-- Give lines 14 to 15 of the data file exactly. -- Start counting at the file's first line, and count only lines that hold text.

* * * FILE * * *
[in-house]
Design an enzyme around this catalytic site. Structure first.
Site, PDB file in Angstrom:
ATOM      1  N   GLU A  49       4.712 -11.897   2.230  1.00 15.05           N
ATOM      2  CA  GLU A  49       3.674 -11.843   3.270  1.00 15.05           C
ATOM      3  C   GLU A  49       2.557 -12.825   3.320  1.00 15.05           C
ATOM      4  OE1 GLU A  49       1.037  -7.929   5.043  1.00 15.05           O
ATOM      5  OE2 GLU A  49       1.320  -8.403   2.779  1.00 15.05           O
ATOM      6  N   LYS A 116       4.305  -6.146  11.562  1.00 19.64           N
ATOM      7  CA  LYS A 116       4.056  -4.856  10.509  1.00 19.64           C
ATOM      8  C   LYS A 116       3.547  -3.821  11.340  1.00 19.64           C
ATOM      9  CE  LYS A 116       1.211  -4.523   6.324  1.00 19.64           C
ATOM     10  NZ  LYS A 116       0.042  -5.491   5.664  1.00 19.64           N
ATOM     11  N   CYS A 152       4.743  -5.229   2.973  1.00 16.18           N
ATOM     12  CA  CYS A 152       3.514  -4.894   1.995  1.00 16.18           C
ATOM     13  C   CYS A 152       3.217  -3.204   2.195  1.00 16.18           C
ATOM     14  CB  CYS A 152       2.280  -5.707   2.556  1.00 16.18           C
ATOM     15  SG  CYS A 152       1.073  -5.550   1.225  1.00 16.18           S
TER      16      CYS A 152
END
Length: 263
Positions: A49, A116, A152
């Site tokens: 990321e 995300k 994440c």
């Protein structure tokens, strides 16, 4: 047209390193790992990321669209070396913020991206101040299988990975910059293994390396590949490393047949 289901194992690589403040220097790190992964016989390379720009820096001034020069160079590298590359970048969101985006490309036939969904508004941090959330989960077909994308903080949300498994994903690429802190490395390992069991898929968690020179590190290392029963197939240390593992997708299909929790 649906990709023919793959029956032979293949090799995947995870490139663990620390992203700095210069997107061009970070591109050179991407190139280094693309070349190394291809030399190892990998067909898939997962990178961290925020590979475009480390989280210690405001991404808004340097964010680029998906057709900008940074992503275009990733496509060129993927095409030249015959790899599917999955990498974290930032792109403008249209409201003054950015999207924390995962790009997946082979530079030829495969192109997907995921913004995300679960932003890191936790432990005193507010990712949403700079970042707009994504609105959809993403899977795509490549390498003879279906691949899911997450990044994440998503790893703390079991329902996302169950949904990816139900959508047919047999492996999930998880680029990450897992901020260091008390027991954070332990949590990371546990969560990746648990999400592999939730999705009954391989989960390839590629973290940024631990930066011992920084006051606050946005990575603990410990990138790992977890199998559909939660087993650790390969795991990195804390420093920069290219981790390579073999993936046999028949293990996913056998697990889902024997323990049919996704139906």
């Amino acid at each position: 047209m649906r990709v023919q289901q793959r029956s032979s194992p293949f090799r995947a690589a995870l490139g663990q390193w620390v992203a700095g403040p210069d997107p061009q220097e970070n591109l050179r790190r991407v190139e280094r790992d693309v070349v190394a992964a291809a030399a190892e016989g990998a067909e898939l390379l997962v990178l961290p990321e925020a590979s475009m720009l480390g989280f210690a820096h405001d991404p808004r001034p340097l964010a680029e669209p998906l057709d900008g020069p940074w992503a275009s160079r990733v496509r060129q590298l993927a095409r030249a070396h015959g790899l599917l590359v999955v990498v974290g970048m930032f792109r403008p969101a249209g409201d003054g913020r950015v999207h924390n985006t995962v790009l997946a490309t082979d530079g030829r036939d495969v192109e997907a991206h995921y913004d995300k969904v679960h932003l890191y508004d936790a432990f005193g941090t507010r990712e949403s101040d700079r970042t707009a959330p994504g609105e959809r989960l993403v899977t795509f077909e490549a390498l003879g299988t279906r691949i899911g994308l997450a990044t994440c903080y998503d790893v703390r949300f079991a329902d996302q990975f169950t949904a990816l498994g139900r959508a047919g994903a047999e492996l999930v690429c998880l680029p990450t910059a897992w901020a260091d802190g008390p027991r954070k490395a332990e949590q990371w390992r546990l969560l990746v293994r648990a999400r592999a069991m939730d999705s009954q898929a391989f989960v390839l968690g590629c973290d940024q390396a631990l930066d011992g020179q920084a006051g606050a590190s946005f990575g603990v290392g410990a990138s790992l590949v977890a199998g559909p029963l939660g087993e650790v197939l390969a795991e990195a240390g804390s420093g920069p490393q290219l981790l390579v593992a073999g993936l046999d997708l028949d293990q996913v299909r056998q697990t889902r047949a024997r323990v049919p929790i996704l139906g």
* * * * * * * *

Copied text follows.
ATOM     11  N   CYS A 152       4.743  -5.229   2.973  1.00 16.18           N
ATOM     12  CA  CYS A 152       3.514  -4.894   1.995  1.00 16.18           C